Europe Economy

Euro Zone PMIs Show Biggest Country Split in 7 Years


Euro zone manufacturing activity cooled in March, but there was the biggest growth split among leading economies in seven years, while price pressures spiraled higher, a survey showed on Tuesday.

The RBS/NTC Eurozone Purchasing Managers Index for the manufacturing sector eased to 52.0 in March from 52.3 in February, in line with economists' forecasts and unchanged from the flash estimate published 12 days ago.

The figures are likely again to show a sharp contrast with U.S. data from the Institute for Supply Management due at 9 am New York time which are expected to show a dip to 47.5 from 48.3, below the 50.0 mark that divides growth from contraction.

Signs of slower but not sagging growth in the euro zone as a whole, coupled with rocketing price pressures, will probably see the European Central Bank hold off on cutting rates and leave them steady at 4.0 percent for several months at least.

The survey showed factory output took a sharp hit in March, cooling to 52.1 from 53.7 in February to reach its lowest level since August 2005. But the ECB will also probably be concerned that the top four euro zone economies diverged even more.

"We are seeing a two-speed manufacturing sector in Europe," said Dominic Bryant at BNP Paribas. "Germany is holding up reasonably well, while Italy is capitulating and Spain is in free-fall across the economy."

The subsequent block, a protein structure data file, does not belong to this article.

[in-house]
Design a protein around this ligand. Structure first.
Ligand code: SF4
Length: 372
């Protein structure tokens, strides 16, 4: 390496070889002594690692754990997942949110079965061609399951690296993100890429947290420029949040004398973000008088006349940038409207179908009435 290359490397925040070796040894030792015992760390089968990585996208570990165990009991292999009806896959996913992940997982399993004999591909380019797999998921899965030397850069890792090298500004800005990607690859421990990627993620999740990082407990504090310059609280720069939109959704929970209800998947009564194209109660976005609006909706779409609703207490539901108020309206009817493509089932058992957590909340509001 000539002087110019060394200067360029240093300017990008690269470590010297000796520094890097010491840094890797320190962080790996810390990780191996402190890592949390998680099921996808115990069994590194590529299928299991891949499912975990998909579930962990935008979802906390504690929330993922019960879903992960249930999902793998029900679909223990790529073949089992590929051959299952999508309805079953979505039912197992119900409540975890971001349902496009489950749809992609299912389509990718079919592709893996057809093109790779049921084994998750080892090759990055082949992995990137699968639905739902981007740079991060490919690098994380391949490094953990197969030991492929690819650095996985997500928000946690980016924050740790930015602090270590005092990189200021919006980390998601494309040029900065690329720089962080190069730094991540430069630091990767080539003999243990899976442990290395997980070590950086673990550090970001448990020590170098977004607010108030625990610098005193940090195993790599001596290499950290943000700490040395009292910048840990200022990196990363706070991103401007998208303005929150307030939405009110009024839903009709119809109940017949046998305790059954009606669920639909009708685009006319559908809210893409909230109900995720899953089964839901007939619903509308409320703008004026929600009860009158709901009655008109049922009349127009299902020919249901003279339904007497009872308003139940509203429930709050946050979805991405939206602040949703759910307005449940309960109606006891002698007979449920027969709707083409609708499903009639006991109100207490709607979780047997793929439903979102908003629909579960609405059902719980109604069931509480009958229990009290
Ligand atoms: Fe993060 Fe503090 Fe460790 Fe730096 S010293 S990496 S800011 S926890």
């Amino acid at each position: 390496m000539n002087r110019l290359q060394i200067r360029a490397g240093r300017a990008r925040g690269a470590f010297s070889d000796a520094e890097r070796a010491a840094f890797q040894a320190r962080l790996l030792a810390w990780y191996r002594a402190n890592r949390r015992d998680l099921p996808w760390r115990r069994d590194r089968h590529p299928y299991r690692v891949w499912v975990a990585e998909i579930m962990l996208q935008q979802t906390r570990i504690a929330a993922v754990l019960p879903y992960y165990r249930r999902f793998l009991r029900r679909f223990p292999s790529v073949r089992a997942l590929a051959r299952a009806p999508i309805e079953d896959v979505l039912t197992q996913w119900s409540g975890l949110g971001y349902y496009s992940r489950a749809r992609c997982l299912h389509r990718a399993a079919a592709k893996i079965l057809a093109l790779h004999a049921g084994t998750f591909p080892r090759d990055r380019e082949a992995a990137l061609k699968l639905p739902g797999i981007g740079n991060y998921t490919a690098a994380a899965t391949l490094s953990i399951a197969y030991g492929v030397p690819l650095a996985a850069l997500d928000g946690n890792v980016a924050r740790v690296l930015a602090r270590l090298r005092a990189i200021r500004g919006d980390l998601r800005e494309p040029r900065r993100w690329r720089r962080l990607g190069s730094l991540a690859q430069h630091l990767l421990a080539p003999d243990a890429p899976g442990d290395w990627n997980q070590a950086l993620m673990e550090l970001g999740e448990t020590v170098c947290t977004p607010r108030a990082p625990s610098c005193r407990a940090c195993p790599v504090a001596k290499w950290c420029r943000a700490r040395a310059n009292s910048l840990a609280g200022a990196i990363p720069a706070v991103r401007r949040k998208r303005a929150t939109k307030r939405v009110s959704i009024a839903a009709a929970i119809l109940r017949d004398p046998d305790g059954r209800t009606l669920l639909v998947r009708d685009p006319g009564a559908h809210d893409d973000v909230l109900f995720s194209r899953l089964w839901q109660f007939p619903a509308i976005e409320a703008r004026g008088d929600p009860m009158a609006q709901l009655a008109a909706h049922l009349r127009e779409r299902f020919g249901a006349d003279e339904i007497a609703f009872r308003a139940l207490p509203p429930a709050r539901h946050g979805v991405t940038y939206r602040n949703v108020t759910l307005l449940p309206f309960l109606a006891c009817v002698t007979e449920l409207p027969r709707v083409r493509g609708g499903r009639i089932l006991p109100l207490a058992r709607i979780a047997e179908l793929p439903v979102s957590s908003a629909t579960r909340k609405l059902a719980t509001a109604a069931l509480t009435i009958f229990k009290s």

"The big news that goes against our forecast for a June rate cut is inflation. There are significant risks that rate cuts will be delayed," he said.

Indeed, while activity hit a seven-month high in Germany and remained in robust territory in France, Italy slipped into contraction for the first time since June 2005, while Spain fell to its lowest since December 2001.

That marked the fourth consecutive month of contraction in the Spanish manufacturing sector. Italy and Spain together make up roughly the same weight as Germany in the euro zone.

"This suggests that Euro zone manufacturing activity could come to a standstill by the middle of this year," said Martin van Vliet, economist at ING.

But financial markets, focused on yet another huge $19 billion writedown related to investments linked to U.S. mortgage products by Swiss bank UBS, shrugged off the data.

A separate survey showed inflationary pressure in Britain's manufacturing sector soared in March, with cost inflation at a 13-year high and companies raising prices at the most aggressive rate on record.

Inflation Worries

Record high inflation could stop the ECB from reacting to slower growth with a rate cut.

Official inflation in the euro zone raced past expectations to hit a record high of 3.5 percent in March compared with 3.3 percent in February. The ECB prefers to keep it close to but slightly below 2 percent.

Input prices faced by factories soared even higher in March as oil held at high levels over $100 a barrel and food prices jumped. The input prices index jumped to its highest since September 2006 at 68.6.

Yet companies found it a little harder to pass on higher costs than last month, reflecting weaker demand, the survey showed. The output prices index eased to 55.5 from 56.4, still up on the 55.3 seen for the flash.

But employment prospects picked up slightly in March. The index rose to 52.5 from 52.1, its highest since September 2007.

Germany saw a high level of job creation, in contrast with Spain which saw the fastest pace of decline in three years.